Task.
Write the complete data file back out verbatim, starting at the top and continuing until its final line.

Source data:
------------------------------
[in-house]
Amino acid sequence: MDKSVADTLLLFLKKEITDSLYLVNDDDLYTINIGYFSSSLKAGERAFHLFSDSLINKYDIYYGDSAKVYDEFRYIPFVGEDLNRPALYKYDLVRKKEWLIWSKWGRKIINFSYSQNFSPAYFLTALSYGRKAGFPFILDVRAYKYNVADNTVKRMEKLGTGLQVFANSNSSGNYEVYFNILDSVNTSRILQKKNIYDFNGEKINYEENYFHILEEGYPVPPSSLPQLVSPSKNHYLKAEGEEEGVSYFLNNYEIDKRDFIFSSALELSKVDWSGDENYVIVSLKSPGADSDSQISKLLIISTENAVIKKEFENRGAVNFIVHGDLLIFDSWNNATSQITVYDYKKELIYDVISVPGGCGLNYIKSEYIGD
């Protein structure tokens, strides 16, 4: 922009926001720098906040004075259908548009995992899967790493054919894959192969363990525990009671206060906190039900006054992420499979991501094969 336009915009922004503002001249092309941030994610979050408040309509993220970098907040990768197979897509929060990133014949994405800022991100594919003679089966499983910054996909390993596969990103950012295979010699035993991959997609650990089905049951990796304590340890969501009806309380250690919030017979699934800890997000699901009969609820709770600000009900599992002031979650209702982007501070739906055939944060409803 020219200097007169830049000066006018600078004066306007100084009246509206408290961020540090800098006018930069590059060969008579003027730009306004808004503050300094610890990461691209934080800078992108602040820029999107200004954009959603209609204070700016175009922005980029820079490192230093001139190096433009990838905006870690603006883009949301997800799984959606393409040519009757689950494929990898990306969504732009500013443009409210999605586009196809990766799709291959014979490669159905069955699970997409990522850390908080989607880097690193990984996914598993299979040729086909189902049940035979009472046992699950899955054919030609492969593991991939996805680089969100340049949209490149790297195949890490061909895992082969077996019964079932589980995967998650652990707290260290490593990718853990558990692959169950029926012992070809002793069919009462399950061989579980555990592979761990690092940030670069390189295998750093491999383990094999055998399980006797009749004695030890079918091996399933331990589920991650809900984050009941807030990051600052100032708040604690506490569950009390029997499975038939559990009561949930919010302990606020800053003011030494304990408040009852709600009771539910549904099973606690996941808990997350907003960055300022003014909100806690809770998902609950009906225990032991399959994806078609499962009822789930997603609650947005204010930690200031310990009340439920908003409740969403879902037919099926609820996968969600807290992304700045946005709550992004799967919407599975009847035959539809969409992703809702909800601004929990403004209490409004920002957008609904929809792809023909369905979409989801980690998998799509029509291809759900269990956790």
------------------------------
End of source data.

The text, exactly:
[in-house]
Amino acid sequence: MDKSVADTLLLFLKKEITDSLYLVNDDDLYTINIGYFSSSLKAGERAFHLFSDSLINKYDIYYGDSAKVYDEFRYIPFVGEDLNRPALYKYDLVRKKEWLIWSKWGRKIINFSYSQNFSPAYFLTALSYGRKAGFPFILDVRAYKYNVADNTVKRMEKLGTGLQVFANSNSSGNYEVYFNILDSVNTSRILQKKNIYDFNGEKINYEENYFHILEEGYPVPPSSLPQLVSPSKNHYLKAEGEEEGVSYFLNNYEIDKRDFIFSSALELSKVDWSGDENYVIVSLKSPGADSDSQISKLLIISTENAVIKKEFENRGAVNFIVHGDLLIFDSWNNATSQITVYDYKKELIYDVISVPGGCGLNYIKSEYIGD
């Protein structure tokens, strides 16, 4: 922009926001720098906040004075259908548009995992899967790493054919894959192969363990525990009671206060906190039900006054992420499979991501094969 336009915009922004503002001249092309941030994610979050408040309509993220970098907040990768197979897509929060990133014949994405800022991100594919003679089966499983910054996909390993596969990103950012295979010699035993991959997609650990089905049951990796304590340890969501009806309380250690919030017979699934800890997000699901009969609820709770600000009900599992002031979650209702982007501070739906055939944060409803 020219200097007169830049000066006018600078004066306007100084009246509206408290961020540090800098006018930069590059060969008579003027730009306004808004503050300094610890990461691209934080800078992108602040820029999107200004954009959603209609204070700016175009922005980029820079490192230093001139190096433009990838905006870690603006883009949301997800799984959606393409040519009757689950494929990898990306969504732009500013443009409210999605586009196809990766799709291959014979490669159905069955699970997409990522850390908080989607880097690193990984996914598993299979040729086909189902049940035979009472046992699950899955054919030609492969593991991939996805680089969100340049949209490149790297195949890490061909895992082969077996019964079932589980995967998650652990707290260290490593990718853990558990692959169950029926012992070809002793069919009462399950061989579980555990592979761990690092940030670069390189295998750093491999383990094999055998399980006797009749004695030890079918091996399933331990589920991650809900984050009941807030990051600052100032708040604690506490569950009390029997499975038939559990009561949930919010302990606020800053003011030494304990408040009852709600009771539910549904099973606690996941808990997350907003960055300022003014909100806690809770998902609950009906225990032991399959994806078609499962009822789930997603609650947005204010930690200031310990009340439920908003409740969403879902037919099926609820996968969600807290992304700045946005709550992004799967919407599975009847035959539809969409992703809702909800601004929990403004209490409004920002957008609904929809792809023909369905979409989801980690998998799509029509291809759900269990956790």